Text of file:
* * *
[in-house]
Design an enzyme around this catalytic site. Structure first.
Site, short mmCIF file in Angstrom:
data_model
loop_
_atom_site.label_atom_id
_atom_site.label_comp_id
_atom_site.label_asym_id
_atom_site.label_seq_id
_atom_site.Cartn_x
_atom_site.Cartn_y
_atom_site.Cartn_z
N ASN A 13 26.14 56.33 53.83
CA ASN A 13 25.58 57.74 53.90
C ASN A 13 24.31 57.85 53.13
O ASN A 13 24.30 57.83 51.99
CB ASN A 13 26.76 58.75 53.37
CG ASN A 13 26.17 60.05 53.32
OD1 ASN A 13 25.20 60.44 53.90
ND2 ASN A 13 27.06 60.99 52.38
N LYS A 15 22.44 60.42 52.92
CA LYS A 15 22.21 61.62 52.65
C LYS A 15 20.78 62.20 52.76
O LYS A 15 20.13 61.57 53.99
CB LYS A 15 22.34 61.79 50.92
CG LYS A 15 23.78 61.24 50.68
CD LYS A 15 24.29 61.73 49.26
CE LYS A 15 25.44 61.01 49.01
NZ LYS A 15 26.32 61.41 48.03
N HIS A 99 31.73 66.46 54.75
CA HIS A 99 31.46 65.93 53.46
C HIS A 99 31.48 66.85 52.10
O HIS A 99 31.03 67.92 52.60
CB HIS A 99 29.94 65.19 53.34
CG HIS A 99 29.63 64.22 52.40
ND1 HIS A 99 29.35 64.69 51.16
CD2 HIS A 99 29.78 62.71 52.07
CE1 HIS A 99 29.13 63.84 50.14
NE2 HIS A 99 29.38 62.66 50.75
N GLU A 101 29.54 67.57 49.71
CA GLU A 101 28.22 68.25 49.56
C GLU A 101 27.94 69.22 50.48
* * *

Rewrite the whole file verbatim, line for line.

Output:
[in-house]
Design an enzyme around this catalytic site. Structure first.
Site, short mmCIF file in Angstrom:
data_model
loop_
_atom_site.label_atom_id
_atom_site.label_comp_id
_atom_site.label_asym_id
_atom_site.label_seq_id
_atom_site.Cartn_x
_atom_site.Cartn_y
_atom_site.Cartn_z
N ASN A 13 26.14 56.33 53.83
CA ASN A 13 25.58 57.74 53.90
C ASN A 13 24.31 57.85 53.13
O ASN A 13 24.30 57.83 51.99
CB ASN A 13 26.76 58.75 53.37
CG ASN A 13 26.17 60.05 53.32
OD1 ASN A 13 25.20 60.44 53.90
ND2 ASN A 13 27.06 60.99 52.38
N LYS A 15 22.44 60.42 52.92
CA LYS A 15 22.21 61.62 52.65
C LYS A 15 20.78 62.20 52.76
O LYS A 15 20.13 61.57 53.99
CB LYS A 15 22.34 61.79 50.92
CG LYS A 15 23.78 61.24 50.68
CD LYS A 15 24.29 61.73 49.26
CE LYS A 15 25.44 61.01 49.01
NZ LYS A 15 26.32 61.41 48.03
N HIS A 99 31.73 66.46 54.75
CA HIS A 99 31.46 65.93 53.46
C HIS A 99 31.48 66.85 52.10
O HIS A 99 31.03 67.92 52.60
CB HIS A 99 29.94 65.19 53.34
CG HIS A 99 29.63 64.22 52.40
ND1 HIS A 99 29.35 64.69 51.16
CD2 HIS A 99 29.78 62.71 52.07
CE1 HIS A 99 29.13 63.84 50.14
NE2 HIS A 99 29.38 62.66 50.75
N GLU A 101 29.54 67.57 49.71
CA GLU A 101 28.22 68.25 49.56
C GLU A 101 27.94 69.22 50.48